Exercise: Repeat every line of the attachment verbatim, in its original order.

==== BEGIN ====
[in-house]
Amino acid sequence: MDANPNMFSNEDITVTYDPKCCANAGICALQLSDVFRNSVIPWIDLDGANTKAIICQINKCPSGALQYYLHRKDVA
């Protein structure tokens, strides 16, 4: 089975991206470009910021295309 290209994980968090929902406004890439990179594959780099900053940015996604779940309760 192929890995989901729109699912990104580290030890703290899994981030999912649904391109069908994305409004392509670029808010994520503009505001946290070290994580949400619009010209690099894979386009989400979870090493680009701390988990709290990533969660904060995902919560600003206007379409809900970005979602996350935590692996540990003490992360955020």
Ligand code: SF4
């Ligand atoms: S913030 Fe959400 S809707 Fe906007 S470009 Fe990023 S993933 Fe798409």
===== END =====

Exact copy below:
[in-house]
Amino acid sequence: MDANPNMFSNEDITVTYDPKCCANAGICALQLSDVFRNSVIPWIDLDGANTKAIICQINKCPSGALQYYLHRKDVA
């Protein structure tokens, strides 16, 4: 089975991206470009910021295309 290209994980968090929902406004890439990179594959780099900053940015996604779940309760 192929890995989901729109699912990104580290030890703290899994981030999912649904391109069908994305409004392509670029808010994520503009505001946290070290994580949400619009010209690099894979386009989400979870090493680009701390988990709290990533969660904060995902919560600003206007379409809900970005979602996350935590692996540990003490992360955020």
Ligand code: SF4
């Ligand atoms: S913030 Fe959400 S809707 Fe906007 S470009 Fe990023 S993933 Fe798409």